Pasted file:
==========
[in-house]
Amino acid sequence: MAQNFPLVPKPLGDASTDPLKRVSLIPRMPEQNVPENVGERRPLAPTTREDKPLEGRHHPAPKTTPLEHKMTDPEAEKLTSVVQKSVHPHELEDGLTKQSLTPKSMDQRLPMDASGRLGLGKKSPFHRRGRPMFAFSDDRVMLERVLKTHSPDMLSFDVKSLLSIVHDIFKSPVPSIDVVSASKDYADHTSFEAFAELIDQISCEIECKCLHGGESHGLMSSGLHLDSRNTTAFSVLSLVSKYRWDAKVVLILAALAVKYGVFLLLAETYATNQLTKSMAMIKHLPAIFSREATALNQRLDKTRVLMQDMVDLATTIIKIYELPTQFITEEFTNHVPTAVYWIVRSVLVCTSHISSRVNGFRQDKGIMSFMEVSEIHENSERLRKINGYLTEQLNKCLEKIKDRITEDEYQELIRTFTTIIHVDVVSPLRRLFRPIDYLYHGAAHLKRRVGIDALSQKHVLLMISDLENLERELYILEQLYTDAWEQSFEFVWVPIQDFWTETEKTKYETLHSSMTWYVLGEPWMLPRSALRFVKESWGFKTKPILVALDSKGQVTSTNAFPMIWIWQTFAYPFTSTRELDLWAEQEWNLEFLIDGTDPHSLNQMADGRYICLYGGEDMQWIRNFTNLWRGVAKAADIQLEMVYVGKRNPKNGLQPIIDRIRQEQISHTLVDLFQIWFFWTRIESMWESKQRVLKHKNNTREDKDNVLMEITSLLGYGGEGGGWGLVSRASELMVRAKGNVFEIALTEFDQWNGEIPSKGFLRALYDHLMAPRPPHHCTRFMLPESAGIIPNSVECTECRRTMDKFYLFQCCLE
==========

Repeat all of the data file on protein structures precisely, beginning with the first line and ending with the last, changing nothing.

[in-house]
Amino acid sequence: MAQNFPLVPKPLGDASTDPLKRVSLIPRMPEQNVPENVGERRPLAPTTREDKPLEGRHHPAPKTTPLEHKMTDPEAEKLTSVVQKSVHPHELEDGLTKQSLTPKSMDQRLPMDASGRLGLGKKSPFHRRGRPMFAFSDDRVMLERVLKTHSPDMLSFDVKSLLSIVHDIFKSPVPSIDVVSASKDYADHTSFEAFAELIDQISCEIECKCLHGGESHGLMSSGLHLDSRNTTAFSVLSLVSKYRWDAKVVLILAALAVKYGVFLLLAETYATNQLTKSMAMIKHLPAIFSREATALNQRLDKTRVLMQDMVDLATTIIKIYELPTQFITEEFTNHVPTAVYWIVRSVLVCTSHISSRVNGFRQDKGIMSFMEVSEIHENSERLRKINGYLTEQLNKCLEKIKDRITEDEYQELIRTFTTIIHVDVVSPLRRLFRPIDYLYHGAAHLKRRVGIDALSQKHVLLMISDLENLERELYILEQLYTDAWEQSFEFVWVPIQDFWTETEKTKYETLHSSMTWYVLGEPWMLPRSALRFVKESWGFKTKPILVALDSKGQVTSTNAFPMIWIWQTFAYPFTSTRELDLWAEQEWNLEFLIDGTDPHSLNQMADGRYICLYGGEDMQWIRNFTNLWRGVAKAADIQLEMVYVGKRNPKNGLQPIIDRIRQEQISHTLVDLFQIWFFWTRIESMWESKQRVLKHKNNTREDKDNVLMEITSLLGYGGEGGGWGLVSRASELMVRAKGNVFEIALTEFDQWNGEIPSKGFLRALYDHLMAPRPPHHCTRFMLPESAGIIPNSVECTECRRTMDKFYLFQCCLE